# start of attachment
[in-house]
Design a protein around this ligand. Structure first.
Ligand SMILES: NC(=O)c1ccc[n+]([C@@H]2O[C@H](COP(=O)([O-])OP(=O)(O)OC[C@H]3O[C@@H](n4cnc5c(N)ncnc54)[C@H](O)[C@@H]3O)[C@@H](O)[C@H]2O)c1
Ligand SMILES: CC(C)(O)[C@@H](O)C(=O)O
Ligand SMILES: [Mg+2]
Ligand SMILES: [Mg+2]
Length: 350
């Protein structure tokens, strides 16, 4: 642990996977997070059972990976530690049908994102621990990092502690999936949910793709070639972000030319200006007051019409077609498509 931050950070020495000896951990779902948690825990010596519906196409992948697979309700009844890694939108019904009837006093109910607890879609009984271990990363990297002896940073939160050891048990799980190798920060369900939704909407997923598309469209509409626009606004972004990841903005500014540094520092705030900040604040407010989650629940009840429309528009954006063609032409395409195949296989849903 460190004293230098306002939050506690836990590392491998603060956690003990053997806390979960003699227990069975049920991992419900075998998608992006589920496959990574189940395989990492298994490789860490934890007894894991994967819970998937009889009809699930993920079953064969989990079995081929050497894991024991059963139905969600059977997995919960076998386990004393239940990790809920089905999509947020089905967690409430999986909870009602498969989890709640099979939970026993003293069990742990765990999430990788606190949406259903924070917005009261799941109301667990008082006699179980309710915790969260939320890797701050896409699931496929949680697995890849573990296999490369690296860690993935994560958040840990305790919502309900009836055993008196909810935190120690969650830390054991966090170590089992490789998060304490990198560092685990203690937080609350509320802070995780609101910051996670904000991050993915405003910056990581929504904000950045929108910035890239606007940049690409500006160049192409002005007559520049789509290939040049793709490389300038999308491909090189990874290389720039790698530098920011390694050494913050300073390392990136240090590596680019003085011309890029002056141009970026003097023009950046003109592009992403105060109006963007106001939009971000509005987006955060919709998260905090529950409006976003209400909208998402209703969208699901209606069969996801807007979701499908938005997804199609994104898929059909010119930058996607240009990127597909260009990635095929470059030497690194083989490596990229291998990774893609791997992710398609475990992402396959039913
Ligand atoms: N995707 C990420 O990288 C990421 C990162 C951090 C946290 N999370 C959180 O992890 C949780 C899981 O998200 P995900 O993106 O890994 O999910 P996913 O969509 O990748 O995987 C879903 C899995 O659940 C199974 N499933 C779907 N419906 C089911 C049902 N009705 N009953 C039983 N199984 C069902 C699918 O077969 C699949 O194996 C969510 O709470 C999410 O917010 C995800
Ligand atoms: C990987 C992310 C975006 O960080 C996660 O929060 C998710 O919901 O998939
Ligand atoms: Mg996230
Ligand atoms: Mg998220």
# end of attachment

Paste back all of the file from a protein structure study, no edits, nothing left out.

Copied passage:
[in-house]
Design a protein around this ligand. Structure first.
Ligand SMILES: NC(=O)c1ccc[n+]([C@@H]2O[C@H](COP(=O)([O-])OP(=O)(O)OC[C@H]3O[C@@H](n4cnc5c(N)ncnc54)[C@H](O)[C@@H]3O)[C@@H](O)[C@H]2O)c1
Ligand SMILES: CC(C)(O)[C@@H](O)C(=O)O
Ligand SMILES: [Mg+2]
Ligand SMILES: [Mg+2]
Length: 350
């Protein structure tokens, strides 16, 4: 642990996977997070059972990976530690049908994102621990990092502690999936949910793709070639972000030319200006007051019409077609498509 931050950070020495000896951990779902948690825990010596519906196409992948697979309700009844890694939108019904009837006093109910607890879609009984271990990363990297002896940073939160050891048990799980190798920060369900939704909407997923598309469209509409626009606004972004990841903005500014540094520092705030900040604040407010989650629940009840429309528009954006063609032409395409195949296989849903 460190004293230098306002939050506690836990590392491998603060956690003990053997806390979960003699227990069975049920991992419900075998998608992006589920496959990574189940395989990492298994490789860490934890007894894991994967819970998937009889009809699930993920079953064969989990079995081929050497894991024991059963139905969600059977997995919960076998386990004393239940990790809920089905999509947020089905967690409430999986909870009602498969989890709640099979939970026993003293069990742990765990999430990788606190949406259903924070917005009261799941109301667990008082006699179980309710915790969260939320890797701050896409699931496929949680697995890849573990296999490369690296860690993935994560958040840990305790919502309900009836055993008196909810935190120690969650830390054991966090170590089992490789998060304490990198560092685990203690937080609350509320802070995780609101910051996670904000991050993915405003910056990581929504904000950045929108910035890239606007940049690409500006160049192409002005007559520049789509290939040049793709490389300038999308491909090189990874290389720039790698530098920011390694050494913050300073390392990136240090590596680019003085011309890029002056141009970026003097023009950046003109592009992403105060109006963007106001939009971000509005987006955060919709998260905090529950409006976003209400909208998402209703969208699901209606069969996801807007979701499908938005997804199609994104898929059909010119930058996607240009990127597909260009990635095929470059030497690194083989490596990229291998990774893609791997992710398609475990992402396959039913
Ligand atoms: N995707 C990420 O990288 C990421 C990162 C951090 C946290 N999370 C959180 O992890 C949780 C899981 O998200 P995900 O993106 O890994 O999910 P996913 O969509 O990748 O995987 C879903 C899995 O659940 C199974 N499933 C779907 N419906 C089911 C049902 N009705 N009953 C039983 N199984 C069902 C699918 O077969 C699949 O194996 C969510 O709470 C999410 O917010 C995800
Ligand atoms: C990987 C992310 C975006 O960080 C996660 O929060 C998710 O919901 O998939
Ligand atoms: Mg996230
Ligand atoms: Mg998220």